One recent Sunday, a bird call sent Millie and me 60 miles from Annapolis to Montgomery County’s Black Hill Regional Park in Boyds, Maryland. My friend Nancy McDonald, an avid rescuer of injured birds, organized an event at the park’s visitor center to celebrate the Owl Moon Raptor.
The Wildlife Rehabilitation Center is located in the nearby home of its principal operator, Susan Shoemaker. I once helped McDonald rescue an injured juvenile Osprey, and the Owl Moon Center is the only place in the area where you can pick them up. Shoemaker and her volunteers rehabilitate sick and orphaned birds of prey and return them to the wild in what she calls a “healthy sporting condition.” Events like the one we attended help educate the public about birds of prey.
I was surprised to find at least a thousand people in the park – mostly families with young children – participating in children’s activities such as painting owl masks. It was the first grudgingly cold day of the season, with sharp winds blowing from Little Seneca Lake.
I came hoping to meet Shoemaker. I only spoke to her on the phone. I’m on a list of volunteers who pick up injured birds around the area and have done two missions so far. But in each case, the bird was either already saved or disappeared before I got there. But the crowds were such that I never got close to them.
At one point Shoemaker was at the bottom of the hill, along the edge of the lake, surrounded by throngs of raptor lovers. I was on top of the hill, trying to make my way through the crowd, when Shoemaker launched a birdie that she had successfully nursed from injury to recovery. To my surprise, it flew straight up the hill and right above my head, moving so fast that I just saw a gray blur.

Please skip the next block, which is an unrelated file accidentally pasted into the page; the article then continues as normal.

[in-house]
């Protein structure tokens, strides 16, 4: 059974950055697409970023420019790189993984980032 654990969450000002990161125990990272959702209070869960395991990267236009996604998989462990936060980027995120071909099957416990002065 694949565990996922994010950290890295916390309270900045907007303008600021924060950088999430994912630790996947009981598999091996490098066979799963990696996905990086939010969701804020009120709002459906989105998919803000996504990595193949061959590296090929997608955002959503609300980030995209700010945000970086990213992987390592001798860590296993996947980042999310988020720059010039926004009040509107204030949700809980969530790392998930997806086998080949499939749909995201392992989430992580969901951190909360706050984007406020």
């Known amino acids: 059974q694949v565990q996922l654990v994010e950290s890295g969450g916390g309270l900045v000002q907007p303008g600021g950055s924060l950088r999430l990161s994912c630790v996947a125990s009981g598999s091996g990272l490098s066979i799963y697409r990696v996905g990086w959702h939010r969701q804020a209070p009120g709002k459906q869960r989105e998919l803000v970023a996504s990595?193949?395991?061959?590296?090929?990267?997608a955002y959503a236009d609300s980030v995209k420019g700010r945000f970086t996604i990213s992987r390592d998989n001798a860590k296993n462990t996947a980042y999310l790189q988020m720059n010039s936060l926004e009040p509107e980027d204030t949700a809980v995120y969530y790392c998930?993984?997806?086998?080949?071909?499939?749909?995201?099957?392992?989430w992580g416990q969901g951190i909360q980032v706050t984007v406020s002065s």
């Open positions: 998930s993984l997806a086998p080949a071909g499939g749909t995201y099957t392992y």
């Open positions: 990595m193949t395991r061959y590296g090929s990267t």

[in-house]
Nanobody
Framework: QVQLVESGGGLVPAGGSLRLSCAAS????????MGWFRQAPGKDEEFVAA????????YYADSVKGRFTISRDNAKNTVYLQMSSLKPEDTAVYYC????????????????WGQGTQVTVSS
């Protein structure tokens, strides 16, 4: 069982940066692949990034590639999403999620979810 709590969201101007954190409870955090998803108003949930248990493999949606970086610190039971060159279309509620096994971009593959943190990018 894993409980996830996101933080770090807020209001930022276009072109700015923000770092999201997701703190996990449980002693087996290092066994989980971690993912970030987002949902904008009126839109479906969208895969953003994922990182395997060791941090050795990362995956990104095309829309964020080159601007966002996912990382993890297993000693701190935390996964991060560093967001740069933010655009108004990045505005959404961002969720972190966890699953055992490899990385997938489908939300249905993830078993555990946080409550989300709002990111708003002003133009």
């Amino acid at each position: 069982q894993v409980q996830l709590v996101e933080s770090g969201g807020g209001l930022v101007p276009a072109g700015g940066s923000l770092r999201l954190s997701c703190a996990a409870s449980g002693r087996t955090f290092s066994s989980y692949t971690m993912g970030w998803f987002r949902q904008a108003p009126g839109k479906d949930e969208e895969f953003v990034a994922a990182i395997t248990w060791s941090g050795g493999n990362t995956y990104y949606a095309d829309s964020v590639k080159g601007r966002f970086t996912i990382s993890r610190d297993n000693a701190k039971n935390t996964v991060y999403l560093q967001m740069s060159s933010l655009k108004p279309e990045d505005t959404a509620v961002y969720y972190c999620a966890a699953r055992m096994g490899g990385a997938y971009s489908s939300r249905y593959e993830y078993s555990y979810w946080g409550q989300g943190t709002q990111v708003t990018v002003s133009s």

Millie and I made our way to the front of the group watching the volunteers show off some of the center’s resident birds of prey. While onlookers enjoyed the close-up view of owls, hawks, and hawks, Millie poked her nose through a forest of knees with her eyes closed with one of the owls. The owl frowned, then flapped its wings menacingly. Mielle shouted and jumped back. Luckily, I had a firm grip on her leash, so I pulled her away and found a park bench where we could cool off. I’ve always thought retrievers were bird dogs, but this so-called retriever was spooked by a bird — and a leashed bird, too.
I was pleased and surprised to find another group where my friend, Tom Newquist, was showing off a small painted hawk, North America’s smallest hawk, also known as the sparrow hawk. Newquist’s day job is with the City of Annapolis Department of Public Works, but his heart is in the creatures he cares for and the children he shares with. We met up after the event so I could learn more about his special educational program, which he calls “Eye of the Raptor.”
“I started doing birding programs 25 years ago,” he told me, “but have only had my own setup for about 10 years. My granddaughter Lily (Newquist) has been helping me. She takes ecology classes at Anne Arundel Community College. We do festivals all over across the Chesapeake Bay Area.
Newquist got her start working with turtles, helping kids raise Maryland diamond terrapins in school rooms for release into the wild. He worked at what is now the Chesapeake Bay Environmental Center in Grasonville, where he had a lab for raising, labeling, and releasing terrapins. He was asked by the center’s director, Liz Smith, to fill in for the Raptor.